• How can a servant-leadership approach benefit the achievement of the team’s goals?   (This is most important for the project manager to reflect on:  a servant leader on an agile team is NOT the same role as a project manager on a traditional project team.)

This last point is so very important that the Agile Alliance Guide spends the next few pages on this.   I will devote on the next posts to the following topics contained on those pages 33-37.

  • Servant leadership empowers the team
  • Servant leader responsibilities
  • Servant leaders facilitate
  • Servant leaders remove organizational impediments
  • Servant leaders pave the way for others’ contributions

This discussion of the role of servant leader in an agile environment with then be contrasted with the project manager role in a traditional project management environment.

Let us go to the next post, which discusses the concept of “servant leadership.”  It seems like a contradiction in terms to have a leader who is actually a servant.   Within this seeming contradiction, however, is the heart of what it means to lead an agile project.

The Agile Church


I’m going through the Agile Practice Guide, and I’m about to start chapter 4 on setting up an agile environment.   Before I start on that chapter, however, I wanted to state an unusual motivation for learning about agile.

Besides being important for my professional development as a project manager, I am interested in seeing if there are agile methods that might help get our church on solid ground in terms of growth and outreach to the community.   I am the President of the Board of Trustees for my church in here in the Midwest, and about a year ago, we had a major flooding incident which created a lot of damage to the church.   We were insured, fortunately, but the process of repair and restoration took about 9 months to complete.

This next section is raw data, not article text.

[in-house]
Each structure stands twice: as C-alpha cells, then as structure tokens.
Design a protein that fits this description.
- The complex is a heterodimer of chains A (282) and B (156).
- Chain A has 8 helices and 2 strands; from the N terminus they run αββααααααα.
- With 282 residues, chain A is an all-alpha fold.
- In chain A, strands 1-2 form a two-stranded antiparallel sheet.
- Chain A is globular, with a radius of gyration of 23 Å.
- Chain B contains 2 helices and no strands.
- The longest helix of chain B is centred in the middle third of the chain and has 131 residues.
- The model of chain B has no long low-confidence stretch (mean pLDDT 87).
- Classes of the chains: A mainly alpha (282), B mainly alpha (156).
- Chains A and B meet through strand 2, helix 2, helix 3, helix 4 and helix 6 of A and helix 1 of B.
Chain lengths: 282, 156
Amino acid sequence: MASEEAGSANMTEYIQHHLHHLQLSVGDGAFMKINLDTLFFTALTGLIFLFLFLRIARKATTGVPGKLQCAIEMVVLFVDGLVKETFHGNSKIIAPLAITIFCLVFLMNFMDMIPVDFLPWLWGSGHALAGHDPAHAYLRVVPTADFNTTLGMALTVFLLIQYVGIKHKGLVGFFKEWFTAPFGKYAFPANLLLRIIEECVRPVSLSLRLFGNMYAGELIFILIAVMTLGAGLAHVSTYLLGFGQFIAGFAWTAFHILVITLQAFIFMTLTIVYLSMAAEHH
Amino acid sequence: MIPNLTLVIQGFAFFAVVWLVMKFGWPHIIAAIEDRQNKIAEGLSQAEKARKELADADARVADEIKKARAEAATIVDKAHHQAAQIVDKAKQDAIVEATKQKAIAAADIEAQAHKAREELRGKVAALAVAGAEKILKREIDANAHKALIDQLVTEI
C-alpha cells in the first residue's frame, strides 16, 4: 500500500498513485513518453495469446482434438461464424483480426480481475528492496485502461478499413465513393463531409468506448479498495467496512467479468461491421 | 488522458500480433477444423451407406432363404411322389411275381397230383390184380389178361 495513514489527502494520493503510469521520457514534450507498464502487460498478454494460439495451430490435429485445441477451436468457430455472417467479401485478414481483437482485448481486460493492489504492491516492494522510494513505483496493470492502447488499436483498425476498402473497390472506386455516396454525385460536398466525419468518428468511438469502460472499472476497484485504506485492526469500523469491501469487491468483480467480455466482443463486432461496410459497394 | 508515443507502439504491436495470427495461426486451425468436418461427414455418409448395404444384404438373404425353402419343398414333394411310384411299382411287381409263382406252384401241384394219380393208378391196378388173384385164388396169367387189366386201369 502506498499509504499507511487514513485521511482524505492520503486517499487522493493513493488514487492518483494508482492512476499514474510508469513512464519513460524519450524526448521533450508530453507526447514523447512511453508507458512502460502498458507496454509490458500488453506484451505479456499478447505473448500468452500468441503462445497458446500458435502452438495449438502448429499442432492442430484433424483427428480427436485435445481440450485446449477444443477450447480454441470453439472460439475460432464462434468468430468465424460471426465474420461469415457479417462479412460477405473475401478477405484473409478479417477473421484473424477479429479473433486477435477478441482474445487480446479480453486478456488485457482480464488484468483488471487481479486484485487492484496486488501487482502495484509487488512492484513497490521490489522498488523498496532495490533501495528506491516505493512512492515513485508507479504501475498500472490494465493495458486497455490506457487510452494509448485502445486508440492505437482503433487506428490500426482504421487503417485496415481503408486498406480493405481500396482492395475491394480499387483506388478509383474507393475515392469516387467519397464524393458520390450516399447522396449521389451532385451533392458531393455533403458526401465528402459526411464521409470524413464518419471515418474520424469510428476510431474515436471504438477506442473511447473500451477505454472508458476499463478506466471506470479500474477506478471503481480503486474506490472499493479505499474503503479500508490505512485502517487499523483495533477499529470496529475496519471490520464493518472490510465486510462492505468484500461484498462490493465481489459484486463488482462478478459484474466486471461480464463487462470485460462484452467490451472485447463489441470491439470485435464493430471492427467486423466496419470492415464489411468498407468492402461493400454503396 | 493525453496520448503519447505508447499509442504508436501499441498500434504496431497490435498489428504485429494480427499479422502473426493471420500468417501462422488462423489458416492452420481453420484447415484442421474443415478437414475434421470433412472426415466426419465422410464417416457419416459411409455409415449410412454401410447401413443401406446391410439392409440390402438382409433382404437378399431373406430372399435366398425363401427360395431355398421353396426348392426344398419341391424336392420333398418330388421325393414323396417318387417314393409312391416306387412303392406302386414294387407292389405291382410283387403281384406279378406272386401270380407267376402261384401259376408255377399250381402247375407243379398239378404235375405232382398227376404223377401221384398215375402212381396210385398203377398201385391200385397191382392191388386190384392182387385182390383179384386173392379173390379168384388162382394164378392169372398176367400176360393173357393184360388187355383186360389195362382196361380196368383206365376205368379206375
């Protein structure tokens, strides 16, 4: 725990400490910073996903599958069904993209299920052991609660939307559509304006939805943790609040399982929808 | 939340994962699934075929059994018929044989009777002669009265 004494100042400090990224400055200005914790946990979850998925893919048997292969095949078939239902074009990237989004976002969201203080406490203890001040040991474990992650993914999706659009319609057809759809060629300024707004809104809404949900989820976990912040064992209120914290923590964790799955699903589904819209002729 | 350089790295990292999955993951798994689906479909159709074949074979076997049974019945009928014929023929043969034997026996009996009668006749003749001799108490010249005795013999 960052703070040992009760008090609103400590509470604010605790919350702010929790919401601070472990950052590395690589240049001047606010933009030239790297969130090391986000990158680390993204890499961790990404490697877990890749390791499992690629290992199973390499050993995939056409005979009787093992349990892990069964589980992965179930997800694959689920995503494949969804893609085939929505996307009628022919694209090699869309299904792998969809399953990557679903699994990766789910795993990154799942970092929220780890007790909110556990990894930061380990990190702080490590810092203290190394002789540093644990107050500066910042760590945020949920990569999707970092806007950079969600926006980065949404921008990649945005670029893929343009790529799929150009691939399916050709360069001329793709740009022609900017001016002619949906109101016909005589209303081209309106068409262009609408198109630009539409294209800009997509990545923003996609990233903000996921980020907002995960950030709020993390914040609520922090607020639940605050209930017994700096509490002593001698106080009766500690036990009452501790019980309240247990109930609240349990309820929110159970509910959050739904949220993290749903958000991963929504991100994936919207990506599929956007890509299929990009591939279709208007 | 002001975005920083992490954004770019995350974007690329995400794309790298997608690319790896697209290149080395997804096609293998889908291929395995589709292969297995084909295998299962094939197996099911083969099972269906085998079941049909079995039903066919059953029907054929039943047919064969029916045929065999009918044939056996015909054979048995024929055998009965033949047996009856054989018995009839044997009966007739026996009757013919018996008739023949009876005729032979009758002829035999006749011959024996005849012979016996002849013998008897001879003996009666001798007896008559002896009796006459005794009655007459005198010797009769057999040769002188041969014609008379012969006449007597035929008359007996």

We JUST moved back in to our building in January, and now everybody is excited to be back and everybody wants to do a lot of different projects to get the church programs going again as they were before, and even increase our membership and outreach to the community.

So I’m reading on agile methodology to see if some techniques, such as using a Kanban board, might help us prioritize the various projects and so create a “project backlog” which we will then work on various committees, until the urgent projects are done.   Once we are “up and running” in the same way as before the flood on an operational level, then we can take up projects that try to grow our congregation and increase our links to the local community.

So using agile for our church is not really so radical an idea after all–we are a non-profit organization after all, and non-profits sometimes need project management even more than for-profit organizations simply because their resources are more limited.   I am interested in Kanban first of all, but we’ll see what other methods might be useful.